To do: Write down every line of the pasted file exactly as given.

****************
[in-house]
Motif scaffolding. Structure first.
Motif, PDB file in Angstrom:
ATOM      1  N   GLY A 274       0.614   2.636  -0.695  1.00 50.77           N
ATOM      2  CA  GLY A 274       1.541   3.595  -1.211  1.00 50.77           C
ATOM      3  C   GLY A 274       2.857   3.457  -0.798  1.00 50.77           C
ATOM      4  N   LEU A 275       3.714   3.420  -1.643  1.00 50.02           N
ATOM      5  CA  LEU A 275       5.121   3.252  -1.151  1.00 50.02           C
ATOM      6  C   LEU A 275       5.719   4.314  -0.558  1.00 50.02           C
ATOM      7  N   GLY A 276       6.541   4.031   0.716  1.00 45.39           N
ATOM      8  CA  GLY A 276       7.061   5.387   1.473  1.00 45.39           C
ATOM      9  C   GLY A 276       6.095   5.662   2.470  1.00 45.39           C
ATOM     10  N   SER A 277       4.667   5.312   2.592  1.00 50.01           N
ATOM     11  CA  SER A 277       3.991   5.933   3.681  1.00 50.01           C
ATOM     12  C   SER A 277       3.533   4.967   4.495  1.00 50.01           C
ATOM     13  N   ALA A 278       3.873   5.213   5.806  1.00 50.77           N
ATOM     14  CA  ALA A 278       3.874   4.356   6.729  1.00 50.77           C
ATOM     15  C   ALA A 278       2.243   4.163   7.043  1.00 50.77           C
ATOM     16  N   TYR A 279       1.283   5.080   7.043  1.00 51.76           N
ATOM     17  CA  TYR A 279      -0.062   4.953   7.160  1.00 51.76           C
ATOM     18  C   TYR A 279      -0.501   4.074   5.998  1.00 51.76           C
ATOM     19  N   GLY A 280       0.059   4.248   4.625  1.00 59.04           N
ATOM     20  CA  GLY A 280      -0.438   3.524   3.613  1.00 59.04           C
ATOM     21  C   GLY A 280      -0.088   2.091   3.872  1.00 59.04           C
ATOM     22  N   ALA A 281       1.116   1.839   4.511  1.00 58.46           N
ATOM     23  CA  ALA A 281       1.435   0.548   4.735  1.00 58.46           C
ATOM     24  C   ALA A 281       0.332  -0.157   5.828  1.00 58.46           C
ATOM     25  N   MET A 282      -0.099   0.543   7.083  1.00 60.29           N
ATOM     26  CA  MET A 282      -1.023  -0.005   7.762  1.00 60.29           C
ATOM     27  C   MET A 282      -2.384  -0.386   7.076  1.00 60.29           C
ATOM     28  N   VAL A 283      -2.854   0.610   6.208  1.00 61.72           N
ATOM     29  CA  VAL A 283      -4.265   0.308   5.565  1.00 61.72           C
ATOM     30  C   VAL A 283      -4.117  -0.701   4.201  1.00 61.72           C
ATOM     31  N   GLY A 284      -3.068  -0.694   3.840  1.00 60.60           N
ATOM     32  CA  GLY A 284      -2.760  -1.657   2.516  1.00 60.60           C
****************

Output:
[in-house]
Motif scaffolding. Structure first.
Motif, PDB file in Angstrom:
ATOM      1  N   GLY A 274       0.614   2.636  -0.695  1.00 50.77           N
ATOM      2  CA  GLY A 274       1.541   3.595  -1.211  1.00 50.77           C
ATOM      3  C   GLY A 274       2.857   3.457  -0.798  1.00 50.77           C
ATOM      4  N   LEU A 275       3.714   3.420  -1.643  1.00 50.02           N
ATOM      5  CA  LEU A 275       5.121   3.252  -1.151  1.00 50.02           C
ATOM      6  C   LEU A 275       5.719   4.314  -0.558  1.00 50.02           C
ATOM      7  N   GLY A 276       6.541   4.031   0.716  1.00 45.39           N
ATOM      8  CA  GLY A 276       7.061   5.387   1.473  1.00 45.39           C
ATOM      9  C   GLY A 276       6.095   5.662   2.470  1.00 45.39           C
ATOM     10  N   SER A 277       4.667   5.312   2.592  1.00 50.01           N
ATOM     11  CA  SER A 277       3.991   5.933   3.681  1.00 50.01           C
ATOM     12  C   SER A 277       3.533   4.967   4.495  1.00 50.01           C
ATOM     13  N   ALA A 278       3.873   5.213   5.806  1.00 50.77           N
ATOM     14  CA  ALA A 278       3.874   4.356   6.729  1.00 50.77           C
ATOM     15  C   ALA A 278       2.243   4.163   7.043  1.00 50.77           C
ATOM     16  N   TYR A 279       1.283   5.080   7.043  1.00 51.76           N
ATOM     17  CA  TYR A 279      -0.062   4.953   7.160  1.00 51.76           C
ATOM     18  C   TYR A 279      -0.501   4.074   5.998  1.00 51.76           C
ATOM     19  N   GLY A 280       0.059   4.248   4.625  1.00 59.04           N
ATOM     20  CA  GLY A 280      -0.438   3.524   3.613  1.00 59.04           C
ATOM     21  C   GLY A 280      -0.088   2.091   3.872  1.00 59.04           C
ATOM     22  N   ALA A 281       1.116   1.839   4.511  1.00 58.46           N
ATOM     23  CA  ALA A 281       1.435   0.548   4.735  1.00 58.46           C
ATOM     24  C   ALA A 281       0.332  -0.157   5.828  1.00 58.46           C
ATOM     25  N   MET A 282      -0.099   0.543   7.083  1.00 60.29           N
ATOM     26  CA  MET A 282      -1.023  -0.005   7.762  1.00 60.29           C
ATOM     27  C   MET A 282      -2.384  -0.386   7.076  1.00 60.29           C
ATOM     28  N   VAL A 283      -2.854   0.610   6.208  1.00 61.72           N
ATOM     29  CA  VAL A 283      -4.265   0.308   5.565  1.00 61.72           C
ATOM     30  C   VAL A 283      -4.117  -0.701   4.201  1.00 61.72           C
ATOM     31  N   GLY A 284      -3.068  -0.694   3.840  1.00 60.60           N
ATOM     32  CA  GLY A 284      -2.760  -1.657   2.516  1.00 60.60           C